Among the arguments made by Republican Vice Presidential Candidate Paul Ryan to support his plan to cut the social safety net for America’s poor and working poor is that America just can’t afford these social programs anymore. They cost too much. Does Jewish law support Ryan?
Mitt Romney, left, and Paul Ryan
Among the arguments made by Republican Vice Presidential Candidate Paul Ryan to support his plan to cut the social safety net for America’s poor and working poor is that America just can’t afford these social programs anymore. They cost too much.
That use of social safety net programs would significantly increase during a severe recession, thereby making the social safety net “cost more” should be self-evident.
Even so, Ryan has no problem advocating the gutting of that social safety net during a severe recession, a form of circular reasoning that is truly mind-boggling – especially when you realize he advocates cutting taxes for the wealthy and upper middle class at the same time.
How does halakha view this issue?
To answer that question, we first have to understand that while giving tzedaka (loosely translated as “charity”) always had an individual voluntary component, for much of Jewish history, tzedaka was collected by Jewish community administrators as if it were a form of taxation.
But when Jewish communities lost their autonomous bailiff powers (circa 1700 CE) and could no longer imprison criminals or corporally punish them, giving tzedaka took on more of a voluntary nature.
Even so, the halakhic essence of tzedaka is much closer to a tax (ma’aser oni) everyone must pay than it is to a choice to give or to not give that is made by a donor depending purely on his or her own whims.
So one of the questions we’re really asking is whether halakha would support reducing the amount of money the rich and well-to-do pay in taxes and have those tax cuts partially paid for by cutting support the poor.
Would halakha support that? The answer, of course, is no, it would not.
What if there were no tax cuts in the mix and the issue was simply that too many people need help and we just can’t keep helping them forever, so we’ll cut the programs now? Would halakha support that?
No, it would not.
Before cutting the social safety net for the poor, halakha would raise the amount of taxes the wealthy and well-to-do pay to the maximum allowed, and it would mandate cuts in other areas before allowing any cuts to the poor.
Halakha doesn’t view assistance to the poor as a nice thing to do. It views assistance to the as MANDATORY.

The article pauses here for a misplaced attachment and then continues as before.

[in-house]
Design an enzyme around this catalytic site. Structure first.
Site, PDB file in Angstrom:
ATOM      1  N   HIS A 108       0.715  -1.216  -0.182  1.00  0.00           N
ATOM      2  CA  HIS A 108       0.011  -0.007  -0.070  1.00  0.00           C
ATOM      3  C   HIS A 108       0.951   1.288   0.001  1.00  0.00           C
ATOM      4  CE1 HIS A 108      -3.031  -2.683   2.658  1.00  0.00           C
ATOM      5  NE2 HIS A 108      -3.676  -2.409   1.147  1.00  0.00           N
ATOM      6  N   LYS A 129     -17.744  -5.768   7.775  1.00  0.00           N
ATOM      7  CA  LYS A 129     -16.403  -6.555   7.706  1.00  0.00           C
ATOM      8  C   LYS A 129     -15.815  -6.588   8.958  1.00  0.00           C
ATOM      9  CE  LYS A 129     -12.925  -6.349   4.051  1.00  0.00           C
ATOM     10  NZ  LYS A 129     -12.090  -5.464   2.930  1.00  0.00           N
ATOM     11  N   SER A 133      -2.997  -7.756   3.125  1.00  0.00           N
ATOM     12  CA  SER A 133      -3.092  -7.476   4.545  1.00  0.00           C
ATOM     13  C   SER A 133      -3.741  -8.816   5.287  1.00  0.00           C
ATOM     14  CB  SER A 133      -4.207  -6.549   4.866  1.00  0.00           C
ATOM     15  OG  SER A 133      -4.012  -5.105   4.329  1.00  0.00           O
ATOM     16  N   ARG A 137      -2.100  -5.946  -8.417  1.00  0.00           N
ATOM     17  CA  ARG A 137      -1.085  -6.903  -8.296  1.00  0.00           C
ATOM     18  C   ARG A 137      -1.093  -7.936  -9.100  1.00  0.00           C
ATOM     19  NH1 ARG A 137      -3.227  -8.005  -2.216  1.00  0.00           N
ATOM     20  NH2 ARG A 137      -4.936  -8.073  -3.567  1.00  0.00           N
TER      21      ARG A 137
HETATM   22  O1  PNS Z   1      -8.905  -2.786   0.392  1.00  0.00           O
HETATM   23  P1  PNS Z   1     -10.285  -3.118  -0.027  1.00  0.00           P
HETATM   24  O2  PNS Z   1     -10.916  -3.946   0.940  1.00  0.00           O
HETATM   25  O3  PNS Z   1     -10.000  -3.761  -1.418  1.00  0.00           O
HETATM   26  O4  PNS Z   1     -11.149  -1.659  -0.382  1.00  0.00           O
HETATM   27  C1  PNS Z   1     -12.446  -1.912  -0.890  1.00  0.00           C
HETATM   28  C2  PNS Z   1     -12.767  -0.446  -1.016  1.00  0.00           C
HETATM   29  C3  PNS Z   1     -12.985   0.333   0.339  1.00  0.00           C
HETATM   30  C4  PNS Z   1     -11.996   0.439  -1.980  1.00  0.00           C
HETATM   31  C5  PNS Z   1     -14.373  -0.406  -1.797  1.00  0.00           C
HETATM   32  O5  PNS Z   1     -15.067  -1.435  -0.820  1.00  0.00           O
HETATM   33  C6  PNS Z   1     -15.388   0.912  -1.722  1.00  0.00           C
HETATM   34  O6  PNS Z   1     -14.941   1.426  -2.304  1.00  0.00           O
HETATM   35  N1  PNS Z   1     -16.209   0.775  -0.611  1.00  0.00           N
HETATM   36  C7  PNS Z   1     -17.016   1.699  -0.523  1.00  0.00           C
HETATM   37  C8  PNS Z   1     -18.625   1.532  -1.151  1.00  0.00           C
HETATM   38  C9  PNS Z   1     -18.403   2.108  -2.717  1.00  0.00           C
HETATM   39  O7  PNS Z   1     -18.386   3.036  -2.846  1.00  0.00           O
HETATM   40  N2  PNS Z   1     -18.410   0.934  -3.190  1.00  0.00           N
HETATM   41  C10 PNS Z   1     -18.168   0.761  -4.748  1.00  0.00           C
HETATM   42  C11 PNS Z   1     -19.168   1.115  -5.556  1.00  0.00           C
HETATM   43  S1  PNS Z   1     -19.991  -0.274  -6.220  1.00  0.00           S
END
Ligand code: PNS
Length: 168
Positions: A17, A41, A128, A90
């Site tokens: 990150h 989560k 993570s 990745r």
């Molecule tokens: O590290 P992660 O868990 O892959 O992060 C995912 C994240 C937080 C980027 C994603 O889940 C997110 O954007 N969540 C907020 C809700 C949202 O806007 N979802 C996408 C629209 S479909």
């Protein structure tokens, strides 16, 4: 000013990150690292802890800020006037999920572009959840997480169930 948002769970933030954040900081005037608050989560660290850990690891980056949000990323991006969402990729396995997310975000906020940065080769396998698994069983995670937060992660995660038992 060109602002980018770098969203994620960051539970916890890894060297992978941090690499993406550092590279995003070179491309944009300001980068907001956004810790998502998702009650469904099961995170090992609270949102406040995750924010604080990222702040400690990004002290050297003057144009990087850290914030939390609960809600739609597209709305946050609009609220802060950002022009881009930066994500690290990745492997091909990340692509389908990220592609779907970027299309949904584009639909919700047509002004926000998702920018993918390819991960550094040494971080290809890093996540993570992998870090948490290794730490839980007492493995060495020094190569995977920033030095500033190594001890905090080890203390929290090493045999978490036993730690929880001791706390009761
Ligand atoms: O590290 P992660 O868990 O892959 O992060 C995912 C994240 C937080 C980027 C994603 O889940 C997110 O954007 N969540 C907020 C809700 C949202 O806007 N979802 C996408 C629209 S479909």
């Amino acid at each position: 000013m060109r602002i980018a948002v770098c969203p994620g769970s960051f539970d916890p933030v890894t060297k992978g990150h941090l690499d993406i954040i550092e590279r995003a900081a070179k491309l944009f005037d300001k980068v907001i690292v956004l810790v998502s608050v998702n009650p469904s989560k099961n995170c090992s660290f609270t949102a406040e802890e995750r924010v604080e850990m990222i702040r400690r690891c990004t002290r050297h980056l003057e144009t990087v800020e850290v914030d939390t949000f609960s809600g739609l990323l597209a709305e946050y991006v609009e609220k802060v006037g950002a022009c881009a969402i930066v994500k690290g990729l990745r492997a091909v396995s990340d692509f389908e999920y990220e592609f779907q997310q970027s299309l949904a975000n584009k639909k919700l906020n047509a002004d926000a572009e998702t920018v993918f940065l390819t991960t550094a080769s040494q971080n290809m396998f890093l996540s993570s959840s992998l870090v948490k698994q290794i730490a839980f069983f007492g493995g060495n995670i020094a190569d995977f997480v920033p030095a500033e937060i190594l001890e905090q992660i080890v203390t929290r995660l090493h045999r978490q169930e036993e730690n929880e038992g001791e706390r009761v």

Indeed, the Torah (Five Books of Moses) states this clearly: “…You shall not harden your heart or shut your hand against your poor brother” –– Devarim (Deuteronomy) 15:7.
The practical application of this in the Land of Israel when it was an agrarian economy is found in the Mishna – largely in Peah.
(Peah does not have an extant Gemara in the Babylonian Talmud, and it is not regularly or carefully studied by most sectors of Orthodox-haredi Judaism. But it is still considered to be valid and it forms the basis for the halakhot, laws, of tzedaka as practiced today.)
A standard overall (significant) amount from each crop based is left for or designated for the poor. Each individual poor person was given (or allowed to take, as the case may have been) a certain standard minimum amount (or more) from each crop – x amount of barley, x amount of wheat, etc.
What happened if a landowner didn’t have enough to meet this minimum amount for every poor person?
Was he then exempt for giving to the poor at all?
No. He still gave the standard amount he otherwise would have given and allowed the poor to divide that equitably among themselves.
Cities, towns and villages also had MANDATORY soup kitchens to feed the poor paid for by tax-tzedaka money. Each of these localities was also MANDATED to have a welfare fund that gave the poor money. Money was disbursed daily to poor people who had come from outside the community, and to community residents every Friday. These welfare funds were MANDATED to give to each visiting poor person the cost of one day’s meals, and to each resident poor person the cost of one week’s meals. The traveling poor and the homeless were by law given money sufficient to pay for their lodgings. Each non-poor person was MANDATED to contribute to these funds, and if the funds ran low, extra collections were done by their community-appointed administrators.
Tzedaka – what we now translate as charity – was not voluntary: it was a tax (or, more properly, a series of taxes).
The obligation of a locality’s government or administration to support the poor was absolute.
It was not something people did if they felt like it or if they had some surplus money or food lying around. It was not an optional extra. There was a pact of social responsibility that was MANDATED by law and supported by TAXES.
None of what halakha requires sounds anything like what Paul Ryan and Mitt Romney advocate.
That’s because their policies – and the policies of the Tea Party, and of Rush Limbaugh, and of many Fox News pundits – with regard to the social safety net are in OPPOSITION to the Jewish view of tzedaka and halakha’s requirements for bringing that view to practical fruition.
Think about it.